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1.  Genome-wide promoter methylation analysis in neuroblastoma identifies prognostic methylation biomarkers 
Genome Biology  2012;13(10):R95.
Background
Accurate outcome prediction in neuroblastoma, which is necessary to enable the optimal choice of risk-related therapy, remains a challenge. To improve neuroblastoma patient stratification, this study aimed to identify prognostic tumor DNA methylation biomarkers.
Results
To identify genes silenced by promoter methylation, we first applied two independent genome-wide methylation screening methodologies to eight neuroblastoma cell lines. Specifically, we used re-expression profiling upon 5-aza-2'-deoxycytidine (DAC) treatment and massively parallel sequencing after capturing with a methyl-CpG-binding domain (MBD-seq). Putative methylation markers were selected from DAC-upregulated genes through a literature search and an upfront methylation-specific PCR on 20 primary neuroblastoma tumors, as well as through MBD- seq in combination with publicly available neuroblastoma tumor gene expression data. This yielded 43 candidate biomarkers that were subsequently tested by high-throughput methylation-specific PCR on an independent cohort of 89 primary neuroblastoma tumors that had been selected for risk classification and survival. Based on this analysis, methylation of KRT19, FAS, PRPH, CNR1, QPCT, HIST1H3C, ACSS3 and GRB10 was found to be associated with at least one of the classical risk factors, namely age, stage or MYCN status. Importantly, HIST1H3C and GNAS methylation was associated with overall and/or event-free survival.
Conclusions
This study combines two genome-wide methylation discovery methodologies and is the most extensive validation study in neuroblastoma performed thus far. We identified several novel prognostic DNA methylation markers and provide a basis for the development of a DNA methylation-based prognostic classifier in neuroblastoma.
doi:10.1186/gb-2012-13-10-r95
PMCID: PMC3491423  PMID: 23034519
2.  Clinical and Biologic Features Predictive of Survival After Relapse of Neuroblastoma: A Report From the International Neuroblastoma Risk Group Project 
Journal of Clinical Oncology  2011;29(24):3286-3292.
Purpose
Survival after neuroblastoma relapse is poor. Understanding the relationship between clinical and biologic features and outcome after relapse may help in selection of optimal therapy. Our aim was to determine which factors were significantly predictive of postrelapse overall survival (OS) in patients with recurrent neuroblastoma—particularly whether time from diagnosis to first relapse (TTFR) was a significant predictor of OS.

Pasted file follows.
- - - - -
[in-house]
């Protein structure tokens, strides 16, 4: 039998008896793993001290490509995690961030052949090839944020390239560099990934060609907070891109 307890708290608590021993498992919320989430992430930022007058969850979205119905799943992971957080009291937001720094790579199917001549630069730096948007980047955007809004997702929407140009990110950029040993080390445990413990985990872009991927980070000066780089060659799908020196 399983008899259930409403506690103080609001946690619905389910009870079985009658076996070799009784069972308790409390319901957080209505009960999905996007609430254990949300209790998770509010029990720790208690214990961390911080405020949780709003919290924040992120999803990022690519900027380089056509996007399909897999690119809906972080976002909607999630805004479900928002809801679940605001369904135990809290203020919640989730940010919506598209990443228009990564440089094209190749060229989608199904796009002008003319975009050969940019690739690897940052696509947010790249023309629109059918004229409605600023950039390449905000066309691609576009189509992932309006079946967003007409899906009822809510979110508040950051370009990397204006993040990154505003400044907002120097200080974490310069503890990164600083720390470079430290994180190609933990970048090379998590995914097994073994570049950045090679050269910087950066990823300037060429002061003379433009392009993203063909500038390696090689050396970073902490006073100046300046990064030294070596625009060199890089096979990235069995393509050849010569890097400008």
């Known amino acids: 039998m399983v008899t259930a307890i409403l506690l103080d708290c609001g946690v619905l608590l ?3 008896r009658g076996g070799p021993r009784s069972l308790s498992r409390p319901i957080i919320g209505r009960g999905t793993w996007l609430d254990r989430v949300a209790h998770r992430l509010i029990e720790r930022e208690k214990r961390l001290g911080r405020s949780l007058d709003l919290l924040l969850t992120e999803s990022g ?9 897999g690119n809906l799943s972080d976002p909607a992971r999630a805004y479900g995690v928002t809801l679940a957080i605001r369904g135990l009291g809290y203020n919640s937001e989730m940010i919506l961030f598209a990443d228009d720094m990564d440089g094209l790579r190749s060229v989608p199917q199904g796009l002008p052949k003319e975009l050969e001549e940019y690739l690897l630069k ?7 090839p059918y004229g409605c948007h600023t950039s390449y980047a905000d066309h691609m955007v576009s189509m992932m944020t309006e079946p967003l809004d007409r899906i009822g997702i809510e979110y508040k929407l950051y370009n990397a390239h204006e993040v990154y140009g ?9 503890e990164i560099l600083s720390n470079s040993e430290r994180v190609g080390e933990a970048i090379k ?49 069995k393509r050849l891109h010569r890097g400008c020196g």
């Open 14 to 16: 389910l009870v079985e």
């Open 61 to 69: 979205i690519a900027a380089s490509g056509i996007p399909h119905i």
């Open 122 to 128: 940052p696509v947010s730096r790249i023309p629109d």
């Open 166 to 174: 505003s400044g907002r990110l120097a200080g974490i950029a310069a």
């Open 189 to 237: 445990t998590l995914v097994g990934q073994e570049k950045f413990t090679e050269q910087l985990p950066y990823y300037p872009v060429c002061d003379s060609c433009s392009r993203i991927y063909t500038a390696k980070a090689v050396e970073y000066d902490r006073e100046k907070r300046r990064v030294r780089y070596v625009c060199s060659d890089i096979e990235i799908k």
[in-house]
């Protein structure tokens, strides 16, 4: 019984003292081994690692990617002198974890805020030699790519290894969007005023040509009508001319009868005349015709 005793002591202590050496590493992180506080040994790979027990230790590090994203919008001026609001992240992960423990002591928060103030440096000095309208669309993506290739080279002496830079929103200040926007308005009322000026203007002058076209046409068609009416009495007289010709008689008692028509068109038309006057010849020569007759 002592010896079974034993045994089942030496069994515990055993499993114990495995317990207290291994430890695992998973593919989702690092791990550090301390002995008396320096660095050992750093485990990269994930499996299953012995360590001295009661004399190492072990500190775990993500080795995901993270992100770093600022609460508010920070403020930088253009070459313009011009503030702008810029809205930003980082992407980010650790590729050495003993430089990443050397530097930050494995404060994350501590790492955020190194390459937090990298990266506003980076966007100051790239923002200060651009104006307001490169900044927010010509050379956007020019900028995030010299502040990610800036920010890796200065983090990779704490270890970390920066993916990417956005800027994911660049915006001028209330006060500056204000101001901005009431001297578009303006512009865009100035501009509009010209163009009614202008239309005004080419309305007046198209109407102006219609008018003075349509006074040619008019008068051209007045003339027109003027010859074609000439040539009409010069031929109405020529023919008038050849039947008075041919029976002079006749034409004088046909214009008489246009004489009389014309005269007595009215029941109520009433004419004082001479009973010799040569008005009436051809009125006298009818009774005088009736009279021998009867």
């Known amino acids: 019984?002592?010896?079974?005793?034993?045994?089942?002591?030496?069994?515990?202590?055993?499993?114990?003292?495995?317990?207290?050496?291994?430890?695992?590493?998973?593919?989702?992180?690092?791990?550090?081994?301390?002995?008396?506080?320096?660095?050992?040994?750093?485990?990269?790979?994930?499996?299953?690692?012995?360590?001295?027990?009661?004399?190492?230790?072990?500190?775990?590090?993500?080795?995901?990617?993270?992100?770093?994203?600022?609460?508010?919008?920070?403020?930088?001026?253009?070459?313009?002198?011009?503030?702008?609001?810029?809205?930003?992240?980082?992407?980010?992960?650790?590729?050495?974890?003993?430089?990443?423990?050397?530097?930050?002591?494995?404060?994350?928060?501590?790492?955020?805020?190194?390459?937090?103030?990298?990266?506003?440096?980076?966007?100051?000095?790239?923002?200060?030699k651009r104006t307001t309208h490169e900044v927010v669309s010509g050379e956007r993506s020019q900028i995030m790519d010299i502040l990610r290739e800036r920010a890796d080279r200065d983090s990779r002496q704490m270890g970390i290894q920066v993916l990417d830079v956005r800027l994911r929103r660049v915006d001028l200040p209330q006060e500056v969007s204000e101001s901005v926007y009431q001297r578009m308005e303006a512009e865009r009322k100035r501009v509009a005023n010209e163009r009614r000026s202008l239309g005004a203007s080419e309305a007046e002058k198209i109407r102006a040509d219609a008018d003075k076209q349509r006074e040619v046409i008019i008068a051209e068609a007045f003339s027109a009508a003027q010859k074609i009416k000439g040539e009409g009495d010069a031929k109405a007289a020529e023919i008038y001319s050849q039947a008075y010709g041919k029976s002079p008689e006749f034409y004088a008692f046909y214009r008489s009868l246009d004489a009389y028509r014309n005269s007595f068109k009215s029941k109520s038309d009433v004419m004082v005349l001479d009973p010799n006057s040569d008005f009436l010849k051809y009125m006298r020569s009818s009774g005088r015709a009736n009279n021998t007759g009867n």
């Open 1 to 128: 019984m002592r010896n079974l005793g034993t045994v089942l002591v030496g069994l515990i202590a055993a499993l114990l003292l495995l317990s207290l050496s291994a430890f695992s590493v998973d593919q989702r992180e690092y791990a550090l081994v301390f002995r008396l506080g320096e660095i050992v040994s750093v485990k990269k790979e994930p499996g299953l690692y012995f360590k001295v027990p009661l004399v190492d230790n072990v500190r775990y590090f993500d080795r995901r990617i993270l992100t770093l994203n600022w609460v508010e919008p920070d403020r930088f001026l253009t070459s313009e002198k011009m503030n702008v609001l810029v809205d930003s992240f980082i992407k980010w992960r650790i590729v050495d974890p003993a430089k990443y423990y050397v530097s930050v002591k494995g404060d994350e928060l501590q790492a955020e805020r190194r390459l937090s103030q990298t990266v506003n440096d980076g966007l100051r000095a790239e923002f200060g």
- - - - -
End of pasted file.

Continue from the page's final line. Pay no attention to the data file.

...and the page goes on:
Patients and Methods
Patients with first relapse/progression were identified in the International Neuroblastoma Risk Group (INRG) database. Time from study enrollment until first event and OS time starting from first event were calculated. Cox regression models were used to calculate the hazard ratio of increased death risk and perform survival tree regression. TTFR was tested in a multivariable Cox model with other factors.
Results
In the INRG database (N = 8,800), 2,266 patients experienced first progression/relapse. Median time to relapse was 13.2 months (range, 1 day to 11.4 years). Five-year OS from time of first event was 20% (SE, ± 1%). TTFR was statistically significantly associated with OS time in a nonlinear relationship; patients with TTFR of 36 months or longer had the lowest risk of death, followed by patients who relapsed in the period of 0 to less than 6 months or 18 to 36 months. Patients who relapsed between 6 and 18 months after diagnosis had the highest risk of death. TTFR, age, International Neuroblastoma Staging System stage, and MYCN copy number status were independently predictive of postrelapse OS in multivariable analysis.
Conclusion
Age, stage, MYCN status, and TTFR are significant prognostic factors for postrelapse survival and may help in the design of clinical trials evaluating novel agents.
doi:10.1200/JCO.2010.34.3392
PMCID: PMC3158599  PMID: 21768459
3.  The First European Interdisciplinary Ewing Sarcoma Research Summit